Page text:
Homeownership and the “Racist Theory of Value” under Racial Capitalism

Authors: Scott Markley*, University of Georgia
Topics: Ethnicity and Race, Urban Geography, Social Geography
Keywords: racial capitalism, homeownership, racial wealth gap
Session Type: Paper
Day: 4/6/2020
Start / End Time: 1:30 PM / 2:45 PM
Room: Majestic Ballroom, Sheraton, IM Pei Tower, Majestic Level
Presentation File: No File Uploaded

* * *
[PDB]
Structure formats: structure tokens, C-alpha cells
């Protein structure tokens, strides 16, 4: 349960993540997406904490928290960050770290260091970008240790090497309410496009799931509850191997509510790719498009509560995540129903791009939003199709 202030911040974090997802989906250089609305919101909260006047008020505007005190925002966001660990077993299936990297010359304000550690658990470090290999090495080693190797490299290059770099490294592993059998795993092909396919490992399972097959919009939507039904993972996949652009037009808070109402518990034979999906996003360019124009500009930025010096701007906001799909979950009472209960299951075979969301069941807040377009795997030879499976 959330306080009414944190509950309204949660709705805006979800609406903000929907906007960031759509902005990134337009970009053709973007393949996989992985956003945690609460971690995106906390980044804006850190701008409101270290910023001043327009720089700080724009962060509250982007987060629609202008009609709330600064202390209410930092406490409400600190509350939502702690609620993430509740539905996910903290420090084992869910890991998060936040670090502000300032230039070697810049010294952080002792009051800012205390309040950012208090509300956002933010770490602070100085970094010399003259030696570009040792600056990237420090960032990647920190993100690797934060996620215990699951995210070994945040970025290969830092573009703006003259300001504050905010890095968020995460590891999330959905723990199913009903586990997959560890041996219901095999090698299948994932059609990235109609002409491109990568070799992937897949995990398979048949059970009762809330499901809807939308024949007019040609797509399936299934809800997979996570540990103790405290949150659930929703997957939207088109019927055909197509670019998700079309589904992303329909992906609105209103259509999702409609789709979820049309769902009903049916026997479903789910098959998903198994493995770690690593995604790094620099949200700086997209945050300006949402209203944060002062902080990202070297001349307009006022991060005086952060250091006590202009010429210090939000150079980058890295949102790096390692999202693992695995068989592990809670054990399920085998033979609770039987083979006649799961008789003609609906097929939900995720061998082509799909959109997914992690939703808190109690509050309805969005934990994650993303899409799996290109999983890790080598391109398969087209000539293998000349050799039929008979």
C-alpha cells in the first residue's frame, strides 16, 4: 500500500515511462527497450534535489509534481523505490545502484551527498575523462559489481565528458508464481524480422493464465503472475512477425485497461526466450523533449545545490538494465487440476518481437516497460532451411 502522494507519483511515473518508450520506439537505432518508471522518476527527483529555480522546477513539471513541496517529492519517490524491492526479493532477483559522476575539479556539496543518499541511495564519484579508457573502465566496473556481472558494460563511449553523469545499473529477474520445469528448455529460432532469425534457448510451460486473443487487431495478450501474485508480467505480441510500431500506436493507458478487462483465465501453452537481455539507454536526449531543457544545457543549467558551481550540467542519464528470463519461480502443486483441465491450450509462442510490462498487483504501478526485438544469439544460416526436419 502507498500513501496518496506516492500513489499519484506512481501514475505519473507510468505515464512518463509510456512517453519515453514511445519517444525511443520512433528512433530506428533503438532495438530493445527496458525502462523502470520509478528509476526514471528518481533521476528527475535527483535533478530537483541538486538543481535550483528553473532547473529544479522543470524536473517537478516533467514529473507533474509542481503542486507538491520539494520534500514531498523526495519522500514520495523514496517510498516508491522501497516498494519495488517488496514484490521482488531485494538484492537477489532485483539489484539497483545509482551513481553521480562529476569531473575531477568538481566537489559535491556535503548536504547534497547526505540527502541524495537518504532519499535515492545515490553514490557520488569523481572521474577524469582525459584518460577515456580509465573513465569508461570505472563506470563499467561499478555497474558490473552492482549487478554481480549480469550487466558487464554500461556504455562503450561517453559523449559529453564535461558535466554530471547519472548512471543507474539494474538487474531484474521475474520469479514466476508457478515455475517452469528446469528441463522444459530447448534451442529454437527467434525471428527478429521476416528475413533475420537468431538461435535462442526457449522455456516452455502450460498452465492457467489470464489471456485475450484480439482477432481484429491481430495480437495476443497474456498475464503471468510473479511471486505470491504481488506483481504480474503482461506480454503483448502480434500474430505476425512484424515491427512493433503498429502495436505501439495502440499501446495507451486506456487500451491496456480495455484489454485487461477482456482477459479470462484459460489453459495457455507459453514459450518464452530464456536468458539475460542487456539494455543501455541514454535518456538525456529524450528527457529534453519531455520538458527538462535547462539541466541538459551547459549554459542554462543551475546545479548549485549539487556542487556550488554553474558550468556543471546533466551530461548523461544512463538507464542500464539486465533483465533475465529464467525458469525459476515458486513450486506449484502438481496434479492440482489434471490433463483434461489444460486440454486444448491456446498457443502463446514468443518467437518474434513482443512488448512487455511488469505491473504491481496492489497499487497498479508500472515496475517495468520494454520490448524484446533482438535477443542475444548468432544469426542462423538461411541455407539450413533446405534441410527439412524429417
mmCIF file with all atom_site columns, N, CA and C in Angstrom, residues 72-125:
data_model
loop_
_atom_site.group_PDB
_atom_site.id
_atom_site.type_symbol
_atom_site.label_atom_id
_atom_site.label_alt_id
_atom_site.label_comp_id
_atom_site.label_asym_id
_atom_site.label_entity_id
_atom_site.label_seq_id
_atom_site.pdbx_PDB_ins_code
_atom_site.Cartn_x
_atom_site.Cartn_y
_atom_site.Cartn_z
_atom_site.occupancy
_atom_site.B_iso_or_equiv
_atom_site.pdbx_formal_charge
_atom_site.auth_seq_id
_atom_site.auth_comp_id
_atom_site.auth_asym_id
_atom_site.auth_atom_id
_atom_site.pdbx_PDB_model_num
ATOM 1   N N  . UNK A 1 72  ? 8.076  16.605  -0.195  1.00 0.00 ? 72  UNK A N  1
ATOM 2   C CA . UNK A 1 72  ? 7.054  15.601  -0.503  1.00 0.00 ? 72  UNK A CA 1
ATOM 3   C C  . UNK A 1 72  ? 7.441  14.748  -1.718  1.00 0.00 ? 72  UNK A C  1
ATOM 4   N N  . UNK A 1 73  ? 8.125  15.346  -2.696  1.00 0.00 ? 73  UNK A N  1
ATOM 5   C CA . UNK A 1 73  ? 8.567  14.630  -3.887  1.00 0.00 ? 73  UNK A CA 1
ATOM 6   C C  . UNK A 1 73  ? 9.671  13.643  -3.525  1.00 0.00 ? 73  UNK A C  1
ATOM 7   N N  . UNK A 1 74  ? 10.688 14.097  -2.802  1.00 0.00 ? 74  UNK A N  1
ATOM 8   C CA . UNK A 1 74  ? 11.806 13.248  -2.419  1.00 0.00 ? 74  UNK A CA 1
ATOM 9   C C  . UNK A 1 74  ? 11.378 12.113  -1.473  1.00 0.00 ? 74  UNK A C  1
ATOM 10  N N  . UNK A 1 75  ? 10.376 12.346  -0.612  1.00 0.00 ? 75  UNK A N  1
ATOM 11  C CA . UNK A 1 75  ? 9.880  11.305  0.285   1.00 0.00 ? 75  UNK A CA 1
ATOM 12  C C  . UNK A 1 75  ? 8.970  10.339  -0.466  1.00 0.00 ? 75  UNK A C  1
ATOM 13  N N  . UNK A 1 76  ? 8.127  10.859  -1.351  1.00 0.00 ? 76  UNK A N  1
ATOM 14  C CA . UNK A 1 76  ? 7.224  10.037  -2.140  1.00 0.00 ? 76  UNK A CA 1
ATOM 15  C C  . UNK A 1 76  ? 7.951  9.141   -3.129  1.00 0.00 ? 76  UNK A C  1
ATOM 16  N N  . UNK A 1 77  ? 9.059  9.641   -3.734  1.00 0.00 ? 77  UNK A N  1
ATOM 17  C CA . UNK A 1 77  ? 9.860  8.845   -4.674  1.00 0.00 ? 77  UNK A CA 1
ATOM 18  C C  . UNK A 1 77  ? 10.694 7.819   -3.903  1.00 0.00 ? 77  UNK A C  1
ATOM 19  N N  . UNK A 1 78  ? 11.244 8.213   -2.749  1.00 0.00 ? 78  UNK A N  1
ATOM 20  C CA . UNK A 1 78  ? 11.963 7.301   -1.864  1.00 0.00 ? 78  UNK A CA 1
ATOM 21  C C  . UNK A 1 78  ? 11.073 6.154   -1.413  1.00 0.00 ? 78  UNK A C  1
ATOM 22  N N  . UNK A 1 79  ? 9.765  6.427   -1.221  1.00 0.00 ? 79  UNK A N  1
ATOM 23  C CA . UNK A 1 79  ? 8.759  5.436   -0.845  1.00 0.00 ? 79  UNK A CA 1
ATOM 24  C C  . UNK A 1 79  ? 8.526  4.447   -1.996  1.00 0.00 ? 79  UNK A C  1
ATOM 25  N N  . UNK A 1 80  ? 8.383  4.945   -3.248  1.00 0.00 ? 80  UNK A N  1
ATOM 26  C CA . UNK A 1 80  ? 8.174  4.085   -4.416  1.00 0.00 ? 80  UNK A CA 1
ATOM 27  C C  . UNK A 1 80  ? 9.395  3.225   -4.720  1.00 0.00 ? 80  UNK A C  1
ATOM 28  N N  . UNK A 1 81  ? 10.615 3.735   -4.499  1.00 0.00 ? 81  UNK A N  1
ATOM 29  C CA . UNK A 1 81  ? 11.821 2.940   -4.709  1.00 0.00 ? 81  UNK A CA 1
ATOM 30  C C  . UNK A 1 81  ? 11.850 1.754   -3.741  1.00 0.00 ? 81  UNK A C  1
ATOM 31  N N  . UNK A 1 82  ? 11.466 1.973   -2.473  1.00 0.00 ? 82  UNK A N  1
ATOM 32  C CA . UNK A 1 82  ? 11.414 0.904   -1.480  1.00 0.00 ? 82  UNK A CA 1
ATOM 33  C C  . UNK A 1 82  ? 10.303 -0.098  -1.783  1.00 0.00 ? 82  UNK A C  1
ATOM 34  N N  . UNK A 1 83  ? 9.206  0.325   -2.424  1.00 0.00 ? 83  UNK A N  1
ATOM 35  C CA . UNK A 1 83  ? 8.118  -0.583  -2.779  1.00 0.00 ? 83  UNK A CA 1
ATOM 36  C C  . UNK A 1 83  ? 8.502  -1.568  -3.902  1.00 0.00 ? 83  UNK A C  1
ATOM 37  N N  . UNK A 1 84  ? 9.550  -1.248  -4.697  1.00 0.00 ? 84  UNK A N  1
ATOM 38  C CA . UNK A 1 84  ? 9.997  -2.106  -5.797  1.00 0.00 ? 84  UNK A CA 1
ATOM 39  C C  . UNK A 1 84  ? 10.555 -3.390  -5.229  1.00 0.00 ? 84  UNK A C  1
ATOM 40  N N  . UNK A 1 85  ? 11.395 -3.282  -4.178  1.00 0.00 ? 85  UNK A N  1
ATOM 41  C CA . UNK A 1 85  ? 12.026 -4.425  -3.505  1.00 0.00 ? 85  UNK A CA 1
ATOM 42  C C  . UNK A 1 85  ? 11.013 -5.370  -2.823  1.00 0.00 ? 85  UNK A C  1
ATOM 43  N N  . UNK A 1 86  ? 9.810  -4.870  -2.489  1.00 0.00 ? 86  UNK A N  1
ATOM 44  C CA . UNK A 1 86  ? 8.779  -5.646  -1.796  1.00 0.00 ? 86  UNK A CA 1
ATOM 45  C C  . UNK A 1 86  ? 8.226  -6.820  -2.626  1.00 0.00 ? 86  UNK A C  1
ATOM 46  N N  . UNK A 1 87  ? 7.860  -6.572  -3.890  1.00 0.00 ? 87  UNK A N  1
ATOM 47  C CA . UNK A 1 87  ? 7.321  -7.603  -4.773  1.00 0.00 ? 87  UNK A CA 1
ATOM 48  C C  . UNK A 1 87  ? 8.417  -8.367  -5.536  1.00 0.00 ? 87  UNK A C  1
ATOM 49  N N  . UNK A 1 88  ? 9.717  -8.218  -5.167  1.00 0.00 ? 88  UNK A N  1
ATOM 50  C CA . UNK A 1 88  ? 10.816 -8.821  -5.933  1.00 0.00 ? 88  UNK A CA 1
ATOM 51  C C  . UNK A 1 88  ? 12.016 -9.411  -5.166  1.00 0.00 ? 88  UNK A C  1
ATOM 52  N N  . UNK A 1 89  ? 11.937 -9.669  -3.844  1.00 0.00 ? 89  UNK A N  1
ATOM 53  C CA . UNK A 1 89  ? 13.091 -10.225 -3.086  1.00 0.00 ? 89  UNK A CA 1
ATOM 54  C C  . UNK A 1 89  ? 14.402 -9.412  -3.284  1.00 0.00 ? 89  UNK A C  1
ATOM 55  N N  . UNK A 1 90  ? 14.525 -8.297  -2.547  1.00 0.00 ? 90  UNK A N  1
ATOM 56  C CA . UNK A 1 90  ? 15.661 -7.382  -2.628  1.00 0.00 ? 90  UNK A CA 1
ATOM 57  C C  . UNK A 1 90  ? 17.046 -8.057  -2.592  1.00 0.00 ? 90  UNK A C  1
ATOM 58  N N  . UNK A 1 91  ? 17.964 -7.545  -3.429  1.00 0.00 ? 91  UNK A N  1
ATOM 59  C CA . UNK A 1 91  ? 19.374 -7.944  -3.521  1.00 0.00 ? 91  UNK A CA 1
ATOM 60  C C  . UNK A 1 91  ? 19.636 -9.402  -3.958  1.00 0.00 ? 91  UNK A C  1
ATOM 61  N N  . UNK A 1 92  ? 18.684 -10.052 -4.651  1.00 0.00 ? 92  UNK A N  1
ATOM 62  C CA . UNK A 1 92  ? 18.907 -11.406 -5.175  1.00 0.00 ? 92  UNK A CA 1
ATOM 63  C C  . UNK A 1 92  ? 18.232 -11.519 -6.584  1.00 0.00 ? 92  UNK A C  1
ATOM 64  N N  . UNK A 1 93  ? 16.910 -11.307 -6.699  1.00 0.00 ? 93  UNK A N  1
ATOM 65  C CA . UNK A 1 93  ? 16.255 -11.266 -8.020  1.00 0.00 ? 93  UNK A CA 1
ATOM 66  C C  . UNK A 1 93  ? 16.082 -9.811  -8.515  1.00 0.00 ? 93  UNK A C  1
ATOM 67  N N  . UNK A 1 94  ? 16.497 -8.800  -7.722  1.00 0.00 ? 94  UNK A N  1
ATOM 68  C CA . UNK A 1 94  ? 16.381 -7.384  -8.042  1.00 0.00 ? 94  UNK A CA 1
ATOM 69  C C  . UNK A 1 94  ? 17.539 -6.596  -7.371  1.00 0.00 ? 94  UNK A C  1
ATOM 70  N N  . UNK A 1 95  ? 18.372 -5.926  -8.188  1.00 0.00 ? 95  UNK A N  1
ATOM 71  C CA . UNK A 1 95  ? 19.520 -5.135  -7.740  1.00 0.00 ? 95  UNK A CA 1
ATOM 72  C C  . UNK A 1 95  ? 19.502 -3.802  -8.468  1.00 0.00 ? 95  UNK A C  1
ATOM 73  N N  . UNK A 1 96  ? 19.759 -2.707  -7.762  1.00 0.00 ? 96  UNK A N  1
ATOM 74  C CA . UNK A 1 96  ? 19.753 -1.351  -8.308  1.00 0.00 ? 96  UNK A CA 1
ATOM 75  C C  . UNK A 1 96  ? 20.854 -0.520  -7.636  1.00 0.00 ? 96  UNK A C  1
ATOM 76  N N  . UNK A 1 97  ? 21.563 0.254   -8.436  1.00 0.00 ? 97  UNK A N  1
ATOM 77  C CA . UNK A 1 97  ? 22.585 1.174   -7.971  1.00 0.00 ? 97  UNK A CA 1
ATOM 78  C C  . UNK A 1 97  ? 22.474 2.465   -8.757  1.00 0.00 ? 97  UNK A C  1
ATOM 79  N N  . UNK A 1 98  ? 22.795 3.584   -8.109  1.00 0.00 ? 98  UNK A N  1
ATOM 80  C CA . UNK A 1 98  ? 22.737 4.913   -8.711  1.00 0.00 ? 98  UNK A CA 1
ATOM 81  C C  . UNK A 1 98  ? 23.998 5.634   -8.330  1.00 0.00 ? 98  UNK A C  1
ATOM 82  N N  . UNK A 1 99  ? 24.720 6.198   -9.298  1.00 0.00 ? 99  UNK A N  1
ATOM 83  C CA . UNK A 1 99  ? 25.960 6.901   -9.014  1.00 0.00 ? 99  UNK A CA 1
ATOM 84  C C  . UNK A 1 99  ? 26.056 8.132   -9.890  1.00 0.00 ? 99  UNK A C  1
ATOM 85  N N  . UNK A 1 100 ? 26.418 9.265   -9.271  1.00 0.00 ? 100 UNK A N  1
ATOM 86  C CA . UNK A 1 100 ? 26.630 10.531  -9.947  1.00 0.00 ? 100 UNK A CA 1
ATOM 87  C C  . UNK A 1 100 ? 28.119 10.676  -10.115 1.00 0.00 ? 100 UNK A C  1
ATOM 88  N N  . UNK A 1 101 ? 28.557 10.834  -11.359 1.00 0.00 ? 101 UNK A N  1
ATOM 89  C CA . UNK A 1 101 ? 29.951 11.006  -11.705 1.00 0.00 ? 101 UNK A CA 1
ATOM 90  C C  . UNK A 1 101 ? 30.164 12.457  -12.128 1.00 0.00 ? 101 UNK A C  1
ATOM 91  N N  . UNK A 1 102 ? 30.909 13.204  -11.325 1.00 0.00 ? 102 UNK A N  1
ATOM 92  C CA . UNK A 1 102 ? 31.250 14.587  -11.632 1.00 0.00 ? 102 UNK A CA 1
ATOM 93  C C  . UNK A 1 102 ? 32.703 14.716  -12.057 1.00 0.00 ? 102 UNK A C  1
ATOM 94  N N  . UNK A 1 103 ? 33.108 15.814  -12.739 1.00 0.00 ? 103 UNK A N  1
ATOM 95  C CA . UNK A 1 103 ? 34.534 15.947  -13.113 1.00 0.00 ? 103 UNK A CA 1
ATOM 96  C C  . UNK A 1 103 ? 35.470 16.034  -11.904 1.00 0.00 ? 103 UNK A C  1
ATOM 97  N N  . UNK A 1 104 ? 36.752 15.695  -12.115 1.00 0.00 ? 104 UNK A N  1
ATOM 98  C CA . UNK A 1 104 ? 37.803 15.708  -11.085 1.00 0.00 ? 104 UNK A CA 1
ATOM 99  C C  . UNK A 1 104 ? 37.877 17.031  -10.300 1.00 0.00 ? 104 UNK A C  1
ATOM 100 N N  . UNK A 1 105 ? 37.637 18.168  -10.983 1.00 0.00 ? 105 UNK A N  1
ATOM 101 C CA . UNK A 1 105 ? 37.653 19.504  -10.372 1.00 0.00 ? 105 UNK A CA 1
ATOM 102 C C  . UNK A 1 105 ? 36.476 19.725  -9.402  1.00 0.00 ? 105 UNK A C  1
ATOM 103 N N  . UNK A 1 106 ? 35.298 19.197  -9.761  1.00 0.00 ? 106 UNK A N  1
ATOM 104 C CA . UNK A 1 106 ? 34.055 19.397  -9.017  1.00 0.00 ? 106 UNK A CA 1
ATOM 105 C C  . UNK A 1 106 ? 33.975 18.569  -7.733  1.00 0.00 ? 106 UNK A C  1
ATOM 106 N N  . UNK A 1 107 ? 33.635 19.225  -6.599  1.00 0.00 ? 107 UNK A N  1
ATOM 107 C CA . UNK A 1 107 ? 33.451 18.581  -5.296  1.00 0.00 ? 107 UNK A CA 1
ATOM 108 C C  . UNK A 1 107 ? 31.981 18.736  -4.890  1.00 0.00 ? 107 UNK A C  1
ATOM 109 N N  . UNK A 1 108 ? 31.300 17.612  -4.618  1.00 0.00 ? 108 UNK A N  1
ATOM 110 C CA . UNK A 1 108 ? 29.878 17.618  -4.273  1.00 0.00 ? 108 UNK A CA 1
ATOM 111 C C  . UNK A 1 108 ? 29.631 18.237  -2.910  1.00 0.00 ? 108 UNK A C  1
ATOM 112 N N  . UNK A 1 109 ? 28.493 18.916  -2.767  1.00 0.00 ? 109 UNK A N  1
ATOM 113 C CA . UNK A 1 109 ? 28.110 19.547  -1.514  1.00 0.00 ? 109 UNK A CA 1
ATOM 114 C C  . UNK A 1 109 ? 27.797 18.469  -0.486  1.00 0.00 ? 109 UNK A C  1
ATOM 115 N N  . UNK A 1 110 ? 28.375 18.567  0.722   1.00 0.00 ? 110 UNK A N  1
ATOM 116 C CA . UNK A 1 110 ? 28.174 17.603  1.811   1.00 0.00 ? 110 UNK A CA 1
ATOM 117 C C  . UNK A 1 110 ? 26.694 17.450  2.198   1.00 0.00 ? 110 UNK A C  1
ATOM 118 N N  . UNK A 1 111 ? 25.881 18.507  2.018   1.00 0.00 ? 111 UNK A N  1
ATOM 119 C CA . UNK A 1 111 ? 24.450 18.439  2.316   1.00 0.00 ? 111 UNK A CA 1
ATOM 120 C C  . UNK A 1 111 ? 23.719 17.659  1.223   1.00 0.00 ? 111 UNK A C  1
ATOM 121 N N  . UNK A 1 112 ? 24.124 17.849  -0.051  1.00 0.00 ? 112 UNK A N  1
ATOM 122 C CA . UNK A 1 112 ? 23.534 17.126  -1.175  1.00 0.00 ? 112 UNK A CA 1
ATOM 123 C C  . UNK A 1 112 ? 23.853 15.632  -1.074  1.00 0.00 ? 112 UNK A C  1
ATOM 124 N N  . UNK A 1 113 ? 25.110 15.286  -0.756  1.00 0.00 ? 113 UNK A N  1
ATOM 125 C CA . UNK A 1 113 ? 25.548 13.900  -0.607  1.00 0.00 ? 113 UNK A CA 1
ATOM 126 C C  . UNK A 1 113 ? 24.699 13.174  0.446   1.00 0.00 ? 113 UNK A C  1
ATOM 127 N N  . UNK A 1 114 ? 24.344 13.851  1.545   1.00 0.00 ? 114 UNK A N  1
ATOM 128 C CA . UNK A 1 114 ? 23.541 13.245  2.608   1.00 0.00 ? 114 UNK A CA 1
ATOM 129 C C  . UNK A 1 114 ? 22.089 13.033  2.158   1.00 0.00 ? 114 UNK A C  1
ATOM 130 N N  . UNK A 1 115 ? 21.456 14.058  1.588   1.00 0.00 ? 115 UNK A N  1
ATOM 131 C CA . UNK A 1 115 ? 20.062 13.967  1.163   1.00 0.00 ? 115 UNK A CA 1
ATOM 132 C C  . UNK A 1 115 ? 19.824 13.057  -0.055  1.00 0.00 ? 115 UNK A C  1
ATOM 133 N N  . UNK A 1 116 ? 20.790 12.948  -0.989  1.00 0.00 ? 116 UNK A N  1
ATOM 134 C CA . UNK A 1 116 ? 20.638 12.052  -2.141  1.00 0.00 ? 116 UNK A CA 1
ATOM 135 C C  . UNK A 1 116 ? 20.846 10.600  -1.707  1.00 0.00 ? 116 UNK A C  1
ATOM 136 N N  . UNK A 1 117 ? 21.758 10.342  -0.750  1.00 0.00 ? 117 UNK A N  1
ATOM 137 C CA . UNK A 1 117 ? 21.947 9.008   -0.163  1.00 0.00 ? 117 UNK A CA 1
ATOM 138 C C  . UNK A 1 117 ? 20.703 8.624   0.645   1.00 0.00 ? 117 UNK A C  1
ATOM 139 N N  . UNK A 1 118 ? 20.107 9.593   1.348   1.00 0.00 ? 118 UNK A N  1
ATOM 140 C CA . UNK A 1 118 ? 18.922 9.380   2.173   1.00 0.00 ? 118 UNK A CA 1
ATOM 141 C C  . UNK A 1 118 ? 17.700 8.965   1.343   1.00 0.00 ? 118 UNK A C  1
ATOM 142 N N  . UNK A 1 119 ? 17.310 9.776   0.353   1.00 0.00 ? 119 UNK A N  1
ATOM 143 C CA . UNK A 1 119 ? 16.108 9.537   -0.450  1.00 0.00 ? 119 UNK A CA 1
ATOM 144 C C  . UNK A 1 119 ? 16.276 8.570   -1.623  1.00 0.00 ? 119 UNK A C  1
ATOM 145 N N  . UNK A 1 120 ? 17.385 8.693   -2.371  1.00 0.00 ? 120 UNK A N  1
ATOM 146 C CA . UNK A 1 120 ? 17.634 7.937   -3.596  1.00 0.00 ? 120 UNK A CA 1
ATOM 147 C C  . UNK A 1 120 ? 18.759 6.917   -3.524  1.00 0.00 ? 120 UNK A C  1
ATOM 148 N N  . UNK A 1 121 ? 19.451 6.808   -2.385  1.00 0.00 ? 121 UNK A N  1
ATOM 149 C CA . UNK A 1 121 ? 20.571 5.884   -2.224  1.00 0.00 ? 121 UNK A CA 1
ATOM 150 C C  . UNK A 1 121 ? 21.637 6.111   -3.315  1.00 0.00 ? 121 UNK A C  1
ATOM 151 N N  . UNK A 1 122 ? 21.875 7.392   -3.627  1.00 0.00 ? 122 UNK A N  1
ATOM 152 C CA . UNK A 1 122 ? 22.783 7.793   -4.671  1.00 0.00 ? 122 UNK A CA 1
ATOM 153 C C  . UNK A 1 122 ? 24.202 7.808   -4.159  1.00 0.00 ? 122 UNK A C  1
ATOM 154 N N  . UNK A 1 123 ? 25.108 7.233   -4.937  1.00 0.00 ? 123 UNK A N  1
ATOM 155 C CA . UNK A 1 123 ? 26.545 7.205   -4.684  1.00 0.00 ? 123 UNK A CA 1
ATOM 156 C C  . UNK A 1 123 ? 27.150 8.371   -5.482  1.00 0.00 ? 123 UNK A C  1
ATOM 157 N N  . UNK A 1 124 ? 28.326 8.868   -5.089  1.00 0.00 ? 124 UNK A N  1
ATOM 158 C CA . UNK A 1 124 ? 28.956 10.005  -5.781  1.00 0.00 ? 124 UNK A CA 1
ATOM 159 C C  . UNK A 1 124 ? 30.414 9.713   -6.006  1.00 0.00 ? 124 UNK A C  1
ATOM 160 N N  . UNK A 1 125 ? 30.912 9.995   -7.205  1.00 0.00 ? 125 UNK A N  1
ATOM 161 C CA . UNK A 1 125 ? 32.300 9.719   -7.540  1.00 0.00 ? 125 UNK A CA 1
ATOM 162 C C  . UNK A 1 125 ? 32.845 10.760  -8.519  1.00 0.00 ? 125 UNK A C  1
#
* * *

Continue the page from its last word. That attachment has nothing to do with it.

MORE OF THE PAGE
The Great Recession marked the largest confiscation of Black wealth in generations. In the decade since, an assortment of policy-minded scholars and think tanks has advocated expanding Black homeownership as the preferred mechanism for rebuilding Black wealth and narrowing the Black-white wealth gap. Fundamental to these proposals are two key assumptions. The first holds renting and homeownership to be binary opposites, with the latter representing the preferable option. The second optimistically believes that Obama-era housing finance reforms have undone the socially produced, systematic devaluation of Black-marked spaces. An historical and geographical reckoning with racial capitalism—as theorized by Cedric Robinson (1983[2000])—casts significant doubt on these assessments. Reading the institutional implementation of what Charles Abrams (1955: 158) called the “racist theory of value” during the twentieth century through Robinson’s framework—drawing substantially from Cheryl Harris’s (1993) notion of “whiteness as property,” Brenna Bhandar’s (2018) “racial regimes of ownership,” and Anne Bonds’s (2019) critical engagement with residential property—I argue that the ongoing material devaluation of Black-marked spaces is a constitutive feature of housing markets under racial capitalism. Thus, despite claims that expanding Black homeownership can help close the racial wealth gap, I maintain that the co-constituted geographies of race and value foreclose this possibility and suggest that relying on home price appreciation—a mechanism that depends on the differential valuation of residential space—to abate racial inequality is liable to further entrench it.

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